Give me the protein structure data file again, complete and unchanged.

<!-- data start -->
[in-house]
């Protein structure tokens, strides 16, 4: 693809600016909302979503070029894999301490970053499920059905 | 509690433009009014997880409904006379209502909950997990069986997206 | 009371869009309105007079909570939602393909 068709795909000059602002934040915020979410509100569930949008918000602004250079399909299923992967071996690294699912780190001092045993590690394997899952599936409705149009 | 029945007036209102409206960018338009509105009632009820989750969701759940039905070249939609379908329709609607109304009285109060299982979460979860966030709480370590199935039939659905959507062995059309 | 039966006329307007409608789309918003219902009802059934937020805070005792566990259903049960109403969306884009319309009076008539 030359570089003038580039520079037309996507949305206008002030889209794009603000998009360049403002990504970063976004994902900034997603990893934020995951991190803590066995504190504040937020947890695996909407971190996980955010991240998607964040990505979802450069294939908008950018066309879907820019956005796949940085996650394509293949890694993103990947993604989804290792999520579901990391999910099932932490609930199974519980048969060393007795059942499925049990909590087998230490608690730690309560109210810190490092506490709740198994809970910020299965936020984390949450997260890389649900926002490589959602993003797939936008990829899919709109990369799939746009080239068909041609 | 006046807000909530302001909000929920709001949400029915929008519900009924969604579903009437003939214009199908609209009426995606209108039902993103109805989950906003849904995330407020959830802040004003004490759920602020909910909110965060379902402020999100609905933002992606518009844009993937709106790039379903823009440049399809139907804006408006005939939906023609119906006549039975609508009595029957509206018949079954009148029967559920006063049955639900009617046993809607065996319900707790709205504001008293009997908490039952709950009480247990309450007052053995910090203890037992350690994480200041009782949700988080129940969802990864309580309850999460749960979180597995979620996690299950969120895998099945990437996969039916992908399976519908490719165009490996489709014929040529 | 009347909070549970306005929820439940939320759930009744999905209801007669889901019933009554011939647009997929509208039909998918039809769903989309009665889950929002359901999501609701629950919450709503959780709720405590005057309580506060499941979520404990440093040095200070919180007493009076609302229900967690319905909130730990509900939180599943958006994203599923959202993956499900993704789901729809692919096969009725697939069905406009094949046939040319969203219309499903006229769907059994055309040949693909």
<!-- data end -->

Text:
[in-house]
């Protein structure tokens, strides 16, 4: 693809600016909302979503070029894999301490970053499920059905 | 509690433009009014997880409904006379209502909950997990069986997206 | 009371869009309105007079909570939602393909 068709795909000059602002934040915020979410509100569930949008918000602004250079399909299923992967071996690294699912780190001092045993590690394997899952599936409705149009 | 029945007036209102409206960018338009509105009632009820989750969701759940039905070249939609379908329709609607109304009285109060299982979460979860966030709480370590199935039939659905959507062995059309 | 039966006329307007409608789309918003219902009802059934937020805070005792566990259903049960109403969306884009319309009076008539 030359570089003038580039520079037309996507949305206008002030889209794009603000998009360049403002990504970063976004994902900034997603990893934020995951991190803590066995504190504040937020947890695996909407971190996980955010991240998607964040990505979802450069294939908008950018066309879907820019956005796949940085996650394509293949890694993103990947993604989804290792999520579901990391999910099932932490609930199974519980048969060393007795059942499925049990909590087998230490608690730690309560109210810190490092506490709740198994809970910020299965936020984390949450997260890389649900926002490589959602993003797939936008990829899919709109990369799939746009080239068909041609 | 006046807000909530302001909000929920709001949400029915929008519900009924969604579903009437003939214009199908609209009426995606209108039902993103109805989950906003849904995330407020959830802040004003004490759920602020909910909110965060379902402020999100609905933002992606518009844009993937709106790039379903823009440049399809139907804006408006005939939906023609119906006549039975609508009595029957509206018949079954009148029967559920006063049955639900009617046993809607065996319900707790709205504001008293009997908490039952709950009480247990309450007052053995910090203890037992350690994480200041009782949700988080129940969802990864309580309850999460749960979180597995979620996690299950969120895998099945990437996969039916992908399976519908490719165009490996489709014929040529 | 009347909070549970306005929820439940939320759930009744999905209801007669889901019933009554011939647009997929509208039909998918039809769903989309009665889950929002359901999501609701629950919450709503959780709720405590005057309580506060499941979520404990440093040095200070919180007493009076609302229900967690319905909130730990509900939180599943958006994203599923959202993956499900993704789901729809692919096969009725697939069905406009094949046939040319969203219309499903006229769907059994055309040949693909």